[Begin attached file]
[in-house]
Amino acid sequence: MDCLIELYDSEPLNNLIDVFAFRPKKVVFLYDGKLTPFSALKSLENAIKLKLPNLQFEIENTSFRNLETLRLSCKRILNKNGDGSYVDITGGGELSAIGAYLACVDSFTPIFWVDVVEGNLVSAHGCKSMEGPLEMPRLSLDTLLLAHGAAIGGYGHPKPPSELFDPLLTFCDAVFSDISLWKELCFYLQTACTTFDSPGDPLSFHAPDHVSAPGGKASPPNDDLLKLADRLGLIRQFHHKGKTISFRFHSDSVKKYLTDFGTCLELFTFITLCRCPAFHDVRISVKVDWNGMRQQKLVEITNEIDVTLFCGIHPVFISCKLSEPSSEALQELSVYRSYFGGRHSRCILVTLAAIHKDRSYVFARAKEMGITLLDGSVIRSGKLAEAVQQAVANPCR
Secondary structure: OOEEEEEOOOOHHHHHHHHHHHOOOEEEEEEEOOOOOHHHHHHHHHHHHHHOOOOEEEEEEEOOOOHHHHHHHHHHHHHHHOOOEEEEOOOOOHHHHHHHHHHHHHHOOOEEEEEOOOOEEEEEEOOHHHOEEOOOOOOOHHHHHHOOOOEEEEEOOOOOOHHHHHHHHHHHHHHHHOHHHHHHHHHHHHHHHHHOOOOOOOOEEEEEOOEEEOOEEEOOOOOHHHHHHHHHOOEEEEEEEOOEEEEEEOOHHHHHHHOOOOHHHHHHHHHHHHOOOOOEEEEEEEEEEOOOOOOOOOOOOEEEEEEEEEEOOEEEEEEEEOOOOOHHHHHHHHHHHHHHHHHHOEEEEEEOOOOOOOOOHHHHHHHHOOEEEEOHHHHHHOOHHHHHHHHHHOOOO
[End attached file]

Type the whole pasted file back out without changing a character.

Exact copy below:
[in-house]
Amino acid sequence: MDCLIELYDSEPLNNLIDVFAFRPKKVVFLYDGKLTPFSALKSLENAIKLKLPNLQFEIENTSFRNLETLRLSCKRILNKNGDGSYVDITGGGELSAIGAYLACVDSFTPIFWVDVVEGNLVSAHGCKSMEGPLEMPRLSLDTLLLAHGAAIGGYGHPKPPSELFDPLLTFCDAVFSDISLWKELCFYLQTACTTFDSPGDPLSFHAPDHVSAPGGKASPPNDDLLKLADRLGLIRQFHHKGKTISFRFHSDSVKKYLTDFGTCLELFTFITLCRCPAFHDVRISVKVDWNGMRQQKLVEITNEIDVTLFCGIHPVFISCKLSEPSSEALQELSVYRSYFGGRHSRCILVTLAAIHKDRSYVFARAKEMGITLLDGSVIRSGKLAEAVQQAVANPCR
Secondary structure: OOEEEEEOOOOHHHHHHHHHHHOOOEEEEEEEOOOOOHHHHHHHHHHHHHHOOOOEEEEEEEOOOOHHHHHHHHHHHHHHHOOOEEEEOOOOOHHHHHHHHHHHHHHOOOEEEEEOOOOEEEEEEOOHHHOEEOOOOOOOHHHHHHOOOOEEEEEOOOOOOHHHHHHHHHHHHHHHHOHHHHHHHHHHHHHHHHHOOOOOOOOEEEEEOOEEEOOEEEOOOOOHHHHHHHHHOOEEEEEEEOOEEEEEEOOHHHHHHHOOOOHHHHHHHHHHHHOOOOOEEEEEEEEEEOOOOOOOOOOOOEEEEEEEEEEOOEEEEEEEEOOOOOHHHHHHHHHHHHHHHHHHOEEEEEEOOOOOOOOOHHHHHHHHOOEEEEOHHHHHHOOHHHHHHHHHHOOOO